Cookie Rojas would have had a hard time holding down a job as a starting second baseman in today’s game. He never compiled an on-base percentage as high as .360. He never slugged as much as .410 in a single season. For his career, he hit 54 home runs and stole 78 bases. In a contemporary game where middle infielders are expected to carry part of the offensive load, Cookie Rojas likely would have found it difficult keeping up with the new standards.
None of these statistics or statements should indicate that Octavio Victor Rojas Rivas was a bad player. He wasn’t.
For his day, he was a perfectly adequate second baseman, a very good defender with crablike hands and excellent range, and a nifty ability to turn the double play. As a hitter, he would bat around .260, hit an occasional double, and lay down a sacrifice bunt when called upon by his managers. He did these things well enough to earn selection to four American League All-Star teams. He was also regarded as an extremely intelligent player, which explains why he became a manager, a coach, and a scout, and is now highly respected as a member of the Baseball Assistance Team.
Rojas’ father certainly regarded him as intelligent. In fact, he wanted his son to become a doctor in his native Cuba, but the younger Rojas had a less stressful pursuit in mind. Against his father’s objection, Rojas signed his first professional contract with the Reds organization, which assigned the 17-year-old to West Palm Beach, Cincinnati’s Class-D affiliate in the Florida State League. As a minor leaguer, Rojas would pick up the nickname “Cookie” when sportswriters confused his Spanish nickname of “Cuqui” with the American snack food.
Cookie or not, Rojas hardly emerged as an overnight sensation. Although he played wondrously in the field, his constant struggles at the plate resulted in a very slow and fragmented ascent through the Reds farm system. Some scouts wondered whether he would ever hit enough to play in the National League. Never batting higher than .275, he endured nearly six seasons of minor league ball before finally earning his first major league call-up at the age of 23.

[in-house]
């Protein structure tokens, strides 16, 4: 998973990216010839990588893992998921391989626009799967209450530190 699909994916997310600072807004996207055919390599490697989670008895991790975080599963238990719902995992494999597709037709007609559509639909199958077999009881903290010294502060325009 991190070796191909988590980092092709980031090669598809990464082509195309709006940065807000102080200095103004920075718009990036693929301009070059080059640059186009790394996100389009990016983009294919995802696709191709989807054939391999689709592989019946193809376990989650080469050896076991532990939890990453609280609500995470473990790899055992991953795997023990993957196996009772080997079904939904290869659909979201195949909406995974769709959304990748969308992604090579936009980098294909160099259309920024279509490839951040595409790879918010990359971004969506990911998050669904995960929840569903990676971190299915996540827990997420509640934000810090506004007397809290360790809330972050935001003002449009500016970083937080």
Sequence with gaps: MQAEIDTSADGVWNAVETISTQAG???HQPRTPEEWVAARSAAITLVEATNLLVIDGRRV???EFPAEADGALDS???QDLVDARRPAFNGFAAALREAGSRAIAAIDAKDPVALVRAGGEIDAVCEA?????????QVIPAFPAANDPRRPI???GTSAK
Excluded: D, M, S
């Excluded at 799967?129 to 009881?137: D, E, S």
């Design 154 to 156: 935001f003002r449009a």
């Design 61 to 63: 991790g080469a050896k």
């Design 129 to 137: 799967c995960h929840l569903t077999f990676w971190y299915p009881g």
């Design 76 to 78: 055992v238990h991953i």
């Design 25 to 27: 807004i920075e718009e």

The Reds gave him a 39-game look-see in 1962, but he failed to hit. They thought so little of his long-term prospects that they traded him to the Phillies for the grand sum of journeyman right-hander Jim “Bear” Owens, who had pitched brutally as a combination starter-reliever in 1962.
The trade would turn out prosperously for the Phillies. By 1964, Rojas became a valuable and versatile player who played major roles at second base and in center field; by 1965, he became an All-Star second baseman, hitting a career best .303 with a respectable on-base percentage of .356. Rojas even earned a few votes in the National League’s MVP race. Along the way, Rojas confounded the critics who claimed that he didn’t look much like a ballplayer, especially with those horrible horned-rim glasses he always wore.
Along with Bobby Wine, Rojas helped form one of the game’s best double play combinations. The two handled the middle infield chores at Connie Mack Stadium so flawlessly that some Philadelphia fans and media began to refer to what they did as “The Plays of Wine and Rojas,” a takeoff of the song, “The Days of Wine and Roses.”
Rojas remained with the Phillies through the end of the 1969 season. With hot prospect Denny Doyle sitting at Triple-A and veteran Tony Taylor available as insurance, the Phillies deemed Rojas expendable as part of a blockbuster offseason deal. They included him in the package that sent Richie Allen and right-hander Jerry Johnson to the Cardinals for Curt Flood, Tim McCarver, outfielder Byron Browne, and lefty reliever Joe Hoerner.